NFT digital art tokens have rebounded a lot of echo around the world in recent weeks. Offering uniqueness and some cryptographic ownership to their holders. But let’s ask ourselves: what are people actually buying, buying NFT? It may be suggested that in the case of the NFT, a new type of cultural economy is emerging – built around one of the oldest forms of cultural production: patronage.
NFT tokens – economic and legal context
Regarding the theory of property rights, economists tend to speak of property rights not as a single thing, but as a set of separate rights subject to law, contract, and even custom. For example, you can own a property without actually owning it. You can own an asset without the right to transfer or transfer it. Or, you can control something without having the right to exclude others from using it.
Property rights are very specific. I can write an agreement to transfer my property to someone, but at the same time specify that I keep physical access to it or maintain a revenue stream from it. The art resale framework is a good example of building the idea of divisibility of these rights.
Buying a digital artwork as an NFT means owning the good without excluding others from using it – or at least having fun watching or listening to it. The pleasure a buyer gets from having something is the very experience of having it. How much is such an experience worth? These crazy NFT prices we can see right now are nothing more than the process of discovering the true value of owning such non-exchangeable tokens.
Hit or putty?
There is a long tradition in the art world of loaning to a (selected) museum for private and public enjoyment. However, some private art collections are kept away from the eyes of the public.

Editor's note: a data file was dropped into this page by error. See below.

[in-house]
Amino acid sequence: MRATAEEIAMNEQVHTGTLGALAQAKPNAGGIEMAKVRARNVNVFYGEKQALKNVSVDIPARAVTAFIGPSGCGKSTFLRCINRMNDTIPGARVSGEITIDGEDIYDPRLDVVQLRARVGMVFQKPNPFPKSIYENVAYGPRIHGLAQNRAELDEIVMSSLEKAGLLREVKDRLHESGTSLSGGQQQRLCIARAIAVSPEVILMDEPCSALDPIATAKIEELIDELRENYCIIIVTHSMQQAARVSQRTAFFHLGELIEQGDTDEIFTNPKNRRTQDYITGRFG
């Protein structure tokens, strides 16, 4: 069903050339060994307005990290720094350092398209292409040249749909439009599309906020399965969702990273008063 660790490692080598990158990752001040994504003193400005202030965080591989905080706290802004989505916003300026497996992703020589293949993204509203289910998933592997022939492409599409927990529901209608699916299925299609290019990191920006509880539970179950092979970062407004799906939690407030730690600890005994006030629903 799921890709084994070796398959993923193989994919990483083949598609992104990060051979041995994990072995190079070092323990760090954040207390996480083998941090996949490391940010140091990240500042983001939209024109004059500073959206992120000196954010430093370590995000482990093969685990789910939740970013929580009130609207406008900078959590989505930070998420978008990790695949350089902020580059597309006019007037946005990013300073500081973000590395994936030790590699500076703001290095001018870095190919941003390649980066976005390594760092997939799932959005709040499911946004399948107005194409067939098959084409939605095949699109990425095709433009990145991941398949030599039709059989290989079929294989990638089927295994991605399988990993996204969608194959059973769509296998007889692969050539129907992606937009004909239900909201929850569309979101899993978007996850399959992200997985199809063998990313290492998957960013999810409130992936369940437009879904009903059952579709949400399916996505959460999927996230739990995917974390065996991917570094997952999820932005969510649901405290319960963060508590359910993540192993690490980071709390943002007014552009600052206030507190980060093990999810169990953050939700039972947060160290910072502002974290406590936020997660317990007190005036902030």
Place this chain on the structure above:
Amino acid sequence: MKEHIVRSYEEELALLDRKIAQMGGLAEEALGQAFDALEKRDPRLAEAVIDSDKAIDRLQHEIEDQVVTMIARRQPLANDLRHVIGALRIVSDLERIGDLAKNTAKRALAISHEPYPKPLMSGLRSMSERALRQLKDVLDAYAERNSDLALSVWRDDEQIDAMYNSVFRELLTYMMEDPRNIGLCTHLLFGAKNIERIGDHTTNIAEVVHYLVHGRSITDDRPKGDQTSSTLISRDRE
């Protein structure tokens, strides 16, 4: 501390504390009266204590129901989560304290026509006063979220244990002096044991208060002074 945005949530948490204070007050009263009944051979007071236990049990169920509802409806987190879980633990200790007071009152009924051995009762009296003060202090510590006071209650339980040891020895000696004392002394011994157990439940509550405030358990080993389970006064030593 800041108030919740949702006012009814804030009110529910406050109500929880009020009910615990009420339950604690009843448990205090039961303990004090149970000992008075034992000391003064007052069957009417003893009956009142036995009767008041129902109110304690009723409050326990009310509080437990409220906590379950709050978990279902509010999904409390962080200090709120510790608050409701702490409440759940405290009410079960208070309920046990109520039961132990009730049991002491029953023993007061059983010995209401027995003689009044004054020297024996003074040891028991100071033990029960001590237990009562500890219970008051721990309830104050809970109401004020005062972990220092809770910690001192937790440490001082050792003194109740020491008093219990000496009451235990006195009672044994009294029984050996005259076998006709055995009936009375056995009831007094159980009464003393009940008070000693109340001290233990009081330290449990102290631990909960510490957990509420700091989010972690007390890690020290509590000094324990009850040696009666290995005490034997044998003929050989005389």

An artist who receives a single paycheck from a wealthy NFT investor is no worse off than an artist who receives a greater number of smaller payments from consumers of culture. On the contrary – he probably earns even more. An NFT-funded artist may also continue to work in an open cultural space. He can get fans on social media, sell his merch, or just share his art with as many audiences as possible.
Therefore, a major objection from the cultural community is that the NFT is a step towards an art market dystopia where only a few are allowed to use art and culture artifacts. However, this view may be wrong. NFT allows us to finance culture (and artists), while leaving access to the experience for everyone.
This is very similar to the traditional patronage model. But … It’s much more beneficial. NFTs offer the benefits of sponsorship at no cost. Wealthy people can still support the arts and enjoy the ownership experience (ownership of a work can be proven cryptographically). The art itself remains free (until you can get to know it) to the general public.
To fully understand the vision presented here, of course, we need to understand several dependencies. Artists and platforms must have a clear ability to provide merchants with their ownership of the work. Therefore, people who are assigned such property need appropriate tools and knowledge of the mechanisms of displaying a given work of art. When it comes to sharing such art, we need a widely accepted Creative Commons-style framework to set a standard of practice for the use and dissemination of works. However, it is in a digital world where copying content seems to have limitless possibilities that seems to be an extremely difficult task.
For now, the NFT standards provide the basis for exciting innovation in the financing and production of culture.